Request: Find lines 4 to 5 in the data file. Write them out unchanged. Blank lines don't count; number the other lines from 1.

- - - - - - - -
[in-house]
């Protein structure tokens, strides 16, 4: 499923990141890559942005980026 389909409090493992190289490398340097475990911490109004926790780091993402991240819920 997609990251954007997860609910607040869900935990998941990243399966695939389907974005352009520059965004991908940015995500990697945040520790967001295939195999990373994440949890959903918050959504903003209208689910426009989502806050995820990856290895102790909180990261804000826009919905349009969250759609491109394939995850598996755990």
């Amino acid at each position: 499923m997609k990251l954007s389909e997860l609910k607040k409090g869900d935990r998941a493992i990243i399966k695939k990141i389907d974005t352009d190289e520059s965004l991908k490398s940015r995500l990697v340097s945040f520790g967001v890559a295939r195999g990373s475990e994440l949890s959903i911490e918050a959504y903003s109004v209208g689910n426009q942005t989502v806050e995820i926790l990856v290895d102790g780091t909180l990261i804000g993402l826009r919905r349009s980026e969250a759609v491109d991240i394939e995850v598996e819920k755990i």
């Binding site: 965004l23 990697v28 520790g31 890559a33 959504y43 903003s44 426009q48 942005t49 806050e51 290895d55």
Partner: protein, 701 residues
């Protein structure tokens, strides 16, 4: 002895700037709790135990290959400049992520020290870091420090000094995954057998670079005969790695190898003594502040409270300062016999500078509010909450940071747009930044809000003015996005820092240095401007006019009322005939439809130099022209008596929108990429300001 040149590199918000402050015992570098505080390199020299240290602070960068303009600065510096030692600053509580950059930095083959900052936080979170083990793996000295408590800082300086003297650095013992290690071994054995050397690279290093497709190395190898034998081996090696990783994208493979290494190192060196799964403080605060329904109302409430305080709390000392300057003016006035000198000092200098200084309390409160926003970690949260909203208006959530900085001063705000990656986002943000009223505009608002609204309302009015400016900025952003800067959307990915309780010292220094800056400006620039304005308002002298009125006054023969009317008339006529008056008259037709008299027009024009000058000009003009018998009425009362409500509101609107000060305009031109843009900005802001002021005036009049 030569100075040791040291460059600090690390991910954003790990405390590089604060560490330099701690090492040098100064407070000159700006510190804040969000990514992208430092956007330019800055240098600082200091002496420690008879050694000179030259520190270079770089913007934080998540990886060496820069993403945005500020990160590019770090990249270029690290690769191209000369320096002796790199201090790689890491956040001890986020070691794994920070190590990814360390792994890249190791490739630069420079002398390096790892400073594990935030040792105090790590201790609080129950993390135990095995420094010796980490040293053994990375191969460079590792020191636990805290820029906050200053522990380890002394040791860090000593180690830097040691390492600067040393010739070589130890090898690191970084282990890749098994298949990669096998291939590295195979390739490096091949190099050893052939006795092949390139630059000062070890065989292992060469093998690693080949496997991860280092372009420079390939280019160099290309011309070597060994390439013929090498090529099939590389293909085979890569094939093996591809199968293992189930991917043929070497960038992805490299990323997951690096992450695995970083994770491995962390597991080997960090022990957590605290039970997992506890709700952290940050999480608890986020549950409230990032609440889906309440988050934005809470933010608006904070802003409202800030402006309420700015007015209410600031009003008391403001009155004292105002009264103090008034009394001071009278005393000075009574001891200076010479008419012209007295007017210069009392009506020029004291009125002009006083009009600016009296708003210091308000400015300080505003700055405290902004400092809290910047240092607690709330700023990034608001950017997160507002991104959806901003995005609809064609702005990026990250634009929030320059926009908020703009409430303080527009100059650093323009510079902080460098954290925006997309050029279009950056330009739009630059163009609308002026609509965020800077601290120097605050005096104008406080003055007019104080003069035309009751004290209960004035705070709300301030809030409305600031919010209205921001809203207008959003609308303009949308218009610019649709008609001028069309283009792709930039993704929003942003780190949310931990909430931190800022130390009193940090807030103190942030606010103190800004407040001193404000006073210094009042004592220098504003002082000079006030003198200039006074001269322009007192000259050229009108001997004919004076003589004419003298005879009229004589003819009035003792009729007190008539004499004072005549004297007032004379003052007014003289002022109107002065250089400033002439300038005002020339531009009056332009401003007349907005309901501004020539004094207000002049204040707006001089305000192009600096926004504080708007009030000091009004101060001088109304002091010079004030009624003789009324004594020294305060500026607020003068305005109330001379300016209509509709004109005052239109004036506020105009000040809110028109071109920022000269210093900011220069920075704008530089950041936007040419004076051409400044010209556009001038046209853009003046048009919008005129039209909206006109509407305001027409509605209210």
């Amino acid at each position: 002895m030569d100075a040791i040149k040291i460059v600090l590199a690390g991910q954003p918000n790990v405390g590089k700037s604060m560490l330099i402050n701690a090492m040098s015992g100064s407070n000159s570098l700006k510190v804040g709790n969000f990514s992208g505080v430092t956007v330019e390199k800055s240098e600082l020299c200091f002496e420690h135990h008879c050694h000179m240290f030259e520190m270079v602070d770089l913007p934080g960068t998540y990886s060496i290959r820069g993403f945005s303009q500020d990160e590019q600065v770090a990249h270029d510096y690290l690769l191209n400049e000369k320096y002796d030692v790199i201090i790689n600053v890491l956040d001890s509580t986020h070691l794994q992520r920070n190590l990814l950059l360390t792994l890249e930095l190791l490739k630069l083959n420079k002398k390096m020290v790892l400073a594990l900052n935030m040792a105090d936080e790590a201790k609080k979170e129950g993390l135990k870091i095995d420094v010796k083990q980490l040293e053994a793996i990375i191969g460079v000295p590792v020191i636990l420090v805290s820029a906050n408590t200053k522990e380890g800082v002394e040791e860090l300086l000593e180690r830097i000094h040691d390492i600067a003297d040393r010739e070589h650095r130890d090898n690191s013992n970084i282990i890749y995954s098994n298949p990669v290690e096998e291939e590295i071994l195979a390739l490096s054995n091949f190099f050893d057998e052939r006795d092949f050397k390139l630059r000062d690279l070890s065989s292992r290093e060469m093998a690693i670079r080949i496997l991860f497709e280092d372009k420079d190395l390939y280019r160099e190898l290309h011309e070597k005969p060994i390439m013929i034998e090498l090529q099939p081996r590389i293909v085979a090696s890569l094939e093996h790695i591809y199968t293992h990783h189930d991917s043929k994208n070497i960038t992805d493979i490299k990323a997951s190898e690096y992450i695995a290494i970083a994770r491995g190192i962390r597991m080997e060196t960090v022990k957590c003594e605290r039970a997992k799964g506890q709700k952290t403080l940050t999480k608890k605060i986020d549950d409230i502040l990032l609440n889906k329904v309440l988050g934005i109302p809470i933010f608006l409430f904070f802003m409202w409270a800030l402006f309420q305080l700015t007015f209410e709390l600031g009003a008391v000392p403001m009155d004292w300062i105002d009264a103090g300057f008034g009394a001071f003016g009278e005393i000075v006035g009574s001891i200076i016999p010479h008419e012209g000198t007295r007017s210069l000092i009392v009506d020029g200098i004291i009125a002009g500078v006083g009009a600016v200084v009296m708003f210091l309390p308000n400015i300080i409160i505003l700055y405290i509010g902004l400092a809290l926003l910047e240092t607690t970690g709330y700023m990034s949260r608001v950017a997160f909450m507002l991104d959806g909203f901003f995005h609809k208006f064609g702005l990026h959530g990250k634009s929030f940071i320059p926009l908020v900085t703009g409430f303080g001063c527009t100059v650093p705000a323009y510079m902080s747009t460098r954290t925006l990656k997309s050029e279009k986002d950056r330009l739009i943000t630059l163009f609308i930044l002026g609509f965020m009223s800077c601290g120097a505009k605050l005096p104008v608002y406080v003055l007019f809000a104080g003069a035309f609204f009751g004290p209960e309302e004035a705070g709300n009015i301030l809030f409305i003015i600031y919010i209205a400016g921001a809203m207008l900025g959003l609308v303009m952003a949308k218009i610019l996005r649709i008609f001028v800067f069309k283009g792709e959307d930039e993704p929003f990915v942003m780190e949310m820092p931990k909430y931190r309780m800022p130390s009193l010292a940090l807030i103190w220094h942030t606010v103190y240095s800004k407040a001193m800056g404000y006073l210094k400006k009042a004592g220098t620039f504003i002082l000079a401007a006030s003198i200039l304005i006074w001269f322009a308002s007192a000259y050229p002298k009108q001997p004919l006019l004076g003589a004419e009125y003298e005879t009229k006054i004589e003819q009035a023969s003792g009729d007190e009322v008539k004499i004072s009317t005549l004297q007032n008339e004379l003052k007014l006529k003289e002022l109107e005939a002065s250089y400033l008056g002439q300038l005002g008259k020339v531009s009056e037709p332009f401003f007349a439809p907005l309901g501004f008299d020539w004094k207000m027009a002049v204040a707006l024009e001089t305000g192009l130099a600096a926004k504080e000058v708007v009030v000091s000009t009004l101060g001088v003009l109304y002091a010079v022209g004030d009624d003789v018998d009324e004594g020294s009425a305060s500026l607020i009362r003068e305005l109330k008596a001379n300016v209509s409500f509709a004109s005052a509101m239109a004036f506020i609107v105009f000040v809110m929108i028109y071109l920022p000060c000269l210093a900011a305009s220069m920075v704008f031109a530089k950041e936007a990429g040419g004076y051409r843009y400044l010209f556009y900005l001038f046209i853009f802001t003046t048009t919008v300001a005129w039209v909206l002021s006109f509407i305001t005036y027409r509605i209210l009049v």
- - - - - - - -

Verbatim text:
């Binding site: 965004l23 990697v28 520790g31 890559a33 959504y43 903003s44 426009q48 942005t49 806050e51 290895d55």
Partner: protein, 701 residues